490 F.2d 213 (7th Cir. 1974), 73-1065, Brennan v. Independent Lift Truck Builders Union

Docket Nº:73-1065.
Citation:490 F.2d 213
Party Name:Peter J. BRENNAN, Secretary of Labor, Plaintiff-Appellant, v. INDEPENDENT LIFT TRUCK BUILDERS UNION, Defendant-Appellee.
Case Date:January 18, 1974
Court:United States Courts of Appeals, Court of Appeals for the Seventh Circuit
 
FREE EXCERPT

Page 213

490 F.2d 213 (7th Cir. 1974)

Peter J. BRENNAN, Secretary of Labor, Plaintiff-Appellant,

v.

INDEPENDENT LIFT TRUCK BUILDERS UNION, Defendant-Appellee.

No. 73-1065.

United States Court of Appeals, Seventh Circuit.

January 18, 1974

Heard Nov. 30, 1973.

Page 214

Harlington Wood, Jr., Asst. Atty. Gen., Robert E. Kopp, Atty., Dept. of Justice, Washington, D. C., Henry A. Schwarz, U.S. Atty., Danville, Ill., for plaintiff-appellant.

Sherman Carmell, Sheldon M. Charone, Stephen B. Horwitz, Chicago, Ill., for defendant-appellee.

Before CLARK, [*] CUMMINGS and PELL, Circuit Judges.

CUMMINGS, Circuit Judge.

This suit was filed by the Secretary of Labor pursuant to the Labor-Management Reporting and Disclosure Act (29 U.S.C. § 401 et seq.) challenging the validity of the December 18, 1970, election of Terry Payne as president of the Independent Lift Truck Builders Union. The Union is an independent organization that represents approximately 900 employees of the Hyster Company at its Danville, Illinois, plant.

On October 16, 1970, union member Arthur Wolfe was discharged as an employee of Hyster. The Union initiated grievance proceedings on his behalf. On October 27, 1970, he filed a charge with the National Labor Relations Board contesting his discharge; this resulted in the issuance of a complaint by the Board's General Counsel alleging that Hyster had violated Sections 8(a)(1) and 8(a)(3) of the National Labor Relations Act (29 U.S.C. § 158(a)(1) and 158(a) (3)). Because of this development, the Union did not pursue arbitration over the grievance it had filed with respect to Wolfe's discharge.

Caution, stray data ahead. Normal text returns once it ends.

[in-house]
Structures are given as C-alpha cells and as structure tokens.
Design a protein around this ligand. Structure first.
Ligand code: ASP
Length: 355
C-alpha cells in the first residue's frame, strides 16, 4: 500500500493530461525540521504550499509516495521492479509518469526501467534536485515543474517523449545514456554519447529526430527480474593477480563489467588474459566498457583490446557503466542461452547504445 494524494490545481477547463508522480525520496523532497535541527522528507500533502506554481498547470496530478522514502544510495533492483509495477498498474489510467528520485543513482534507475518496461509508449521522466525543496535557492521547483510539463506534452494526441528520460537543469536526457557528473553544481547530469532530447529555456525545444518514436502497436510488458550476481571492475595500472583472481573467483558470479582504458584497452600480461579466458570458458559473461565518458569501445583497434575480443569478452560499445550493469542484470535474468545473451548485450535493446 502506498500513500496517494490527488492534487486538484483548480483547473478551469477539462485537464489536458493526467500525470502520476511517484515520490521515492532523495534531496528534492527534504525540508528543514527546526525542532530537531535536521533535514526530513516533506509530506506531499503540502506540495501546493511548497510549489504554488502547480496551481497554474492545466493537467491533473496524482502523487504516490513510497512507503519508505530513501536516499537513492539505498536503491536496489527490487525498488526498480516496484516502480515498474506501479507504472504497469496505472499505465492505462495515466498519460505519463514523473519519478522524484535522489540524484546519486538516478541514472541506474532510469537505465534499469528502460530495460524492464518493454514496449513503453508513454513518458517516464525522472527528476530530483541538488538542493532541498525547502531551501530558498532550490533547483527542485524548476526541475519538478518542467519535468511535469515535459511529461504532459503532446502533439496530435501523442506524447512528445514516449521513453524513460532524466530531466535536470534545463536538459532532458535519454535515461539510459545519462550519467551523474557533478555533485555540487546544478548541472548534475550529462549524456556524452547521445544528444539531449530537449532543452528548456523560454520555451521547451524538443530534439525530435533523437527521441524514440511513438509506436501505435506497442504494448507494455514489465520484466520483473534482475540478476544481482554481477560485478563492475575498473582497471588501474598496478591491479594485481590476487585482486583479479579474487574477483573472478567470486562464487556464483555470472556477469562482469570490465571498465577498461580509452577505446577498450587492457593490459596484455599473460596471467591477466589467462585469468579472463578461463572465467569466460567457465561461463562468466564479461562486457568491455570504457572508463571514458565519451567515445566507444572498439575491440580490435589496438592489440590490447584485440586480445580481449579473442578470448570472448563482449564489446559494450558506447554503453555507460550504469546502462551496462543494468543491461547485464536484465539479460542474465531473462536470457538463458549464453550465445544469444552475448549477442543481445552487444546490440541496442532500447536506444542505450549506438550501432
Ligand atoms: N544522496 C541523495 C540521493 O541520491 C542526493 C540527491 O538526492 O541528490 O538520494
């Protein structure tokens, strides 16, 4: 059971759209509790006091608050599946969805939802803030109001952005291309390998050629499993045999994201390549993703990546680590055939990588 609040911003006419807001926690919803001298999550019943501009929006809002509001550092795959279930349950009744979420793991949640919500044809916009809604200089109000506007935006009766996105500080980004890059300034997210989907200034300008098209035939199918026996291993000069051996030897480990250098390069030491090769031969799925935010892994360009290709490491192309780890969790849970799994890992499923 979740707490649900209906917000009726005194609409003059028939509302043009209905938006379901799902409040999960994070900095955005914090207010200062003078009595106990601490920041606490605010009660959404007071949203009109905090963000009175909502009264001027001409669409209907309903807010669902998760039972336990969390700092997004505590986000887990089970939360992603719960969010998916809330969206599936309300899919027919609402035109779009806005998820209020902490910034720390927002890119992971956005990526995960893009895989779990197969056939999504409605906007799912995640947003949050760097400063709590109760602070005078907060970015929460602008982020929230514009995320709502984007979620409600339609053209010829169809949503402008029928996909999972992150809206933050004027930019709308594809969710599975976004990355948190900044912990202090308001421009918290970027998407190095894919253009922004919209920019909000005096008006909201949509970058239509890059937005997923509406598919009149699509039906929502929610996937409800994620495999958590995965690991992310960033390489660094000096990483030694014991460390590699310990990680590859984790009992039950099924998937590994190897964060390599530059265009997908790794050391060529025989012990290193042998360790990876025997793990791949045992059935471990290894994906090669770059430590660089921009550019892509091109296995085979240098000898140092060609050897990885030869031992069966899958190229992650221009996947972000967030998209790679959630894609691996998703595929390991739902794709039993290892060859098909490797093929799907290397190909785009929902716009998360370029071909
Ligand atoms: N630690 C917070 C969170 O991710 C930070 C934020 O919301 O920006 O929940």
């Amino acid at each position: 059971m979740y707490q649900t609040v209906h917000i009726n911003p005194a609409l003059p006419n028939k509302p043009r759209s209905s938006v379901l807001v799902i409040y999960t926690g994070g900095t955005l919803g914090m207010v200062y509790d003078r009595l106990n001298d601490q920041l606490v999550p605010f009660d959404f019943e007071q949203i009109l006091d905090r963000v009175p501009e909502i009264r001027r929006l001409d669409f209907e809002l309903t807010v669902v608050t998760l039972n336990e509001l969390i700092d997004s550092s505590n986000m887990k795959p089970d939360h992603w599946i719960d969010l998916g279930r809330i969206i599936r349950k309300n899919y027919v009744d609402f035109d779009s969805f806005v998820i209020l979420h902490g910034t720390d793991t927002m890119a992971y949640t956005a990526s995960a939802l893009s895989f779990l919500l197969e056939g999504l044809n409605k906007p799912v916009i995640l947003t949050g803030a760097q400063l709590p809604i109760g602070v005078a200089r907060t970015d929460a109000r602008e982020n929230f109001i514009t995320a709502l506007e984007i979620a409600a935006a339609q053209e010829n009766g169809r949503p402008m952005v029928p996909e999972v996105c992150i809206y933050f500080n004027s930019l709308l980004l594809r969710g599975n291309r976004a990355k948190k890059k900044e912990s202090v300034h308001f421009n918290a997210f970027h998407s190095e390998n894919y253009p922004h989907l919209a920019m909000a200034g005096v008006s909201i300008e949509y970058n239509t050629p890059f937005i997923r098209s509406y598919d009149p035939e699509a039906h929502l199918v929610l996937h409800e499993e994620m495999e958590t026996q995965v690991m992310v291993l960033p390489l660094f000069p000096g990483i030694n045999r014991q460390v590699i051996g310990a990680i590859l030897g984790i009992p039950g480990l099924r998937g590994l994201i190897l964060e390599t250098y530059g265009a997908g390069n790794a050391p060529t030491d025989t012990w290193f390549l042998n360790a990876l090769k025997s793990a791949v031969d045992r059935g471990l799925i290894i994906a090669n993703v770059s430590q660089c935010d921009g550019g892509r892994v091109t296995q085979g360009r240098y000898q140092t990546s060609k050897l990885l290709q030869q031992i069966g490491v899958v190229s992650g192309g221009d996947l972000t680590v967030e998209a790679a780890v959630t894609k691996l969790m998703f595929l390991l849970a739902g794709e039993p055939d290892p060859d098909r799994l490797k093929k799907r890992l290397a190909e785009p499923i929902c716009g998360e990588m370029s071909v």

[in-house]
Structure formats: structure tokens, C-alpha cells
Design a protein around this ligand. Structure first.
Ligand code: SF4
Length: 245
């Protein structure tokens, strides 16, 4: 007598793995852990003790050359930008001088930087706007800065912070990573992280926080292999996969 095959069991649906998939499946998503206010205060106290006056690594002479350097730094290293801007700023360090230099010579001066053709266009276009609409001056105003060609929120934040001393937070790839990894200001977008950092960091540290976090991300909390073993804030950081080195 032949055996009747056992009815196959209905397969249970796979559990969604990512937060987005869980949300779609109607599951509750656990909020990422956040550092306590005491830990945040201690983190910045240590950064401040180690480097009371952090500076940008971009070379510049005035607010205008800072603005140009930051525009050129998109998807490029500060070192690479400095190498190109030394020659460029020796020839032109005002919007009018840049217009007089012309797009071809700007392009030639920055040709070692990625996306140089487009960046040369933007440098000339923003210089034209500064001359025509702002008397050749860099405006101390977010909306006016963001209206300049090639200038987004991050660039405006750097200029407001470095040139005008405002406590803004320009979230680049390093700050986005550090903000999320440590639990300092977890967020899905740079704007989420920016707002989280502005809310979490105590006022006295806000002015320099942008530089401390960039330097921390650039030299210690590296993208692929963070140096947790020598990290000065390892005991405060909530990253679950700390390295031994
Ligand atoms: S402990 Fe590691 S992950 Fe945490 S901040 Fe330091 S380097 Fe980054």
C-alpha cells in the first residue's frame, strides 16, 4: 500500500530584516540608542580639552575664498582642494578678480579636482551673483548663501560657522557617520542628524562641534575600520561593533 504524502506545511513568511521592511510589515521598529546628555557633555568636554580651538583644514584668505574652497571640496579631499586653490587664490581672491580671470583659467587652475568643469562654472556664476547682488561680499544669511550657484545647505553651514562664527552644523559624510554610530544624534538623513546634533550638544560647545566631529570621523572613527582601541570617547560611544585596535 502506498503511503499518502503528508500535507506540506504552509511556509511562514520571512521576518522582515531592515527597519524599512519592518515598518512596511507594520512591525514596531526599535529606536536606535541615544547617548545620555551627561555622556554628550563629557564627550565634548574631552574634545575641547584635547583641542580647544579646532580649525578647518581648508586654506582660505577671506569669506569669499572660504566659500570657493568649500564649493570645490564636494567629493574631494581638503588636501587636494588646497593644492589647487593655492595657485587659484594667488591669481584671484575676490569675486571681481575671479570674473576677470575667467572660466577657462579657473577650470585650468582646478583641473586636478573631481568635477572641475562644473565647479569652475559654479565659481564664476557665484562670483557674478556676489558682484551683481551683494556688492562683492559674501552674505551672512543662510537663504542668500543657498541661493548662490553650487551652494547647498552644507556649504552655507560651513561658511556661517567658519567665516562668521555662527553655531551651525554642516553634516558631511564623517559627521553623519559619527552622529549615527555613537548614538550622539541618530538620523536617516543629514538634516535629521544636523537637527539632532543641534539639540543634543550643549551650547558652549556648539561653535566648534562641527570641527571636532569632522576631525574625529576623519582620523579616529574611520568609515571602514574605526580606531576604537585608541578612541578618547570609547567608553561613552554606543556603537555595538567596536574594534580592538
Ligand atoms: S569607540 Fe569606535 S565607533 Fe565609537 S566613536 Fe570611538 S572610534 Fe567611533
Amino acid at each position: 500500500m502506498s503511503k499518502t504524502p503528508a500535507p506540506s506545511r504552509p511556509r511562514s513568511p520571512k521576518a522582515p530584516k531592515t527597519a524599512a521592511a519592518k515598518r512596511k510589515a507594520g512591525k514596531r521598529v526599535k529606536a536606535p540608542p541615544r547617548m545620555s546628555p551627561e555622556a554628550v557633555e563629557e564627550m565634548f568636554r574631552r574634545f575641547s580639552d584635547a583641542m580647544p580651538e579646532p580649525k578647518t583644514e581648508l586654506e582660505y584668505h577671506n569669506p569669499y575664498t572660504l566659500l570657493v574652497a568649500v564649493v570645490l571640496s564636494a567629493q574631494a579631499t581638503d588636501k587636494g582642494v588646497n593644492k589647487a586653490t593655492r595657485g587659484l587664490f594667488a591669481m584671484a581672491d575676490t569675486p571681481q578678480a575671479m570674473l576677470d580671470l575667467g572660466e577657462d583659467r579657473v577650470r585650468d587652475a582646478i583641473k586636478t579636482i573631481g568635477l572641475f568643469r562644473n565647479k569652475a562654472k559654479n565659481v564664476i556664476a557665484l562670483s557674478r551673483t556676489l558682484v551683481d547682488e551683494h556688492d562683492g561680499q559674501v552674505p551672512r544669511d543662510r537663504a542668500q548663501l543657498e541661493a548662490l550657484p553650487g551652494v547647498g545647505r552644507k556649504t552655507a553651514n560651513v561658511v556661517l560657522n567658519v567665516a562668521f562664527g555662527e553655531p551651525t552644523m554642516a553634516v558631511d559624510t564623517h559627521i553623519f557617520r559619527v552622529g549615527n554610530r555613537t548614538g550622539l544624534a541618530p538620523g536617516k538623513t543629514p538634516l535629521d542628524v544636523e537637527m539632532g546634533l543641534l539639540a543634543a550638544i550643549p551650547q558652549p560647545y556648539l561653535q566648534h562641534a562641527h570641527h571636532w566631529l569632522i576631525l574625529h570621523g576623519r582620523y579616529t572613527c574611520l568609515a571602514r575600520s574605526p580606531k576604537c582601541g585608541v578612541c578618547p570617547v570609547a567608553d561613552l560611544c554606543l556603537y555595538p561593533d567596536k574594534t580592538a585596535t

On September 22, 1971, a Labor Board trial examiner concluded that Hyster's discharge of Wolfe violated the National Labor Relations Act, and on January 26, 1972, the Board ordered Hyster to reinstate Wolfe with back pay. 195 NLRB 84. On March 20, 1973, this Court issued an order enforcing the Board's order. National Labor Relations Board v. Hyster Company (7th Cir. Nos. 72-1288 and 1403).

The Union's president has primary responsibility for enforcing the collective bargaining agreement with Hyster. Although paid by the Company, the president's entire working day is spent on union duties, mostly on Hyster's premises. As a discharged employee, Wolfe was barred by company rules from coming on its premises.

On November 23, 1970, Wolfe was nominated for the office of union president. However, on advice of counsel, the Union's election committee ruled that Wolfe's name could not appear on the ballot because of the following provisions of the Union's constitution:

'Article III, Section 1. * * * This Union shall consist of hourly-rated factory employees and other workers who may in the past, present or future be declared under the jurisdiction of this Union.' 'Article XV, Section 3. * * * Candidates must be members in the Union for 24 months previous to the day of election and must have completed three years of continuous employment with the employer of the members of this Union.'

In addition to relying on these constitutional provisions, the election committee reasoned that since the union president was required to give constant attention to problems and grievances occurring daily on Hyster's premises, Wolfe's inability to appear on the Company's premises as a discharged employee would disable him from carrying out the president's duties.

Although his name did not appear on the ballot at the December 18, 1970, election, Wolfe voted in that election and continued to mail his dues to the Union

Page 215

after his discharge. The Union permitted Wolfe to vote in the election because, without waiving any rights, it chose not to litigate an injunctive proceeding he had commenced against it. It did not cash his dues checks because it believed the dues might have to be returned if Wolfe were unsuccessful in the Labor Board case involving his discharge. The Union took the position that Wolfe was no longer a member, although he was never suspended or expelled through any trial-type proceeding.

Wolfe filed a post-election protest with the Union. After the protest was denied, Wolfe filed a complaint with the Secretary of Labor on February 1, 1971, claiming that he was a paid-up member in good standing with the Union and that as a result of the Labor Board General Counsel's December 7, 1970, complaint, he was still an employee of Hyster for purposes of the election.

On February 3, 1971, a Department of Labor compliance officer requested union president Payne to produce all the Union's records concerning that election. The Union, through counsel, sad it would only make available information with respect to Wolfe's status as a union member. Because of the Union's attitude, the Department of Labor...

To continue reading

FREE SIGN UP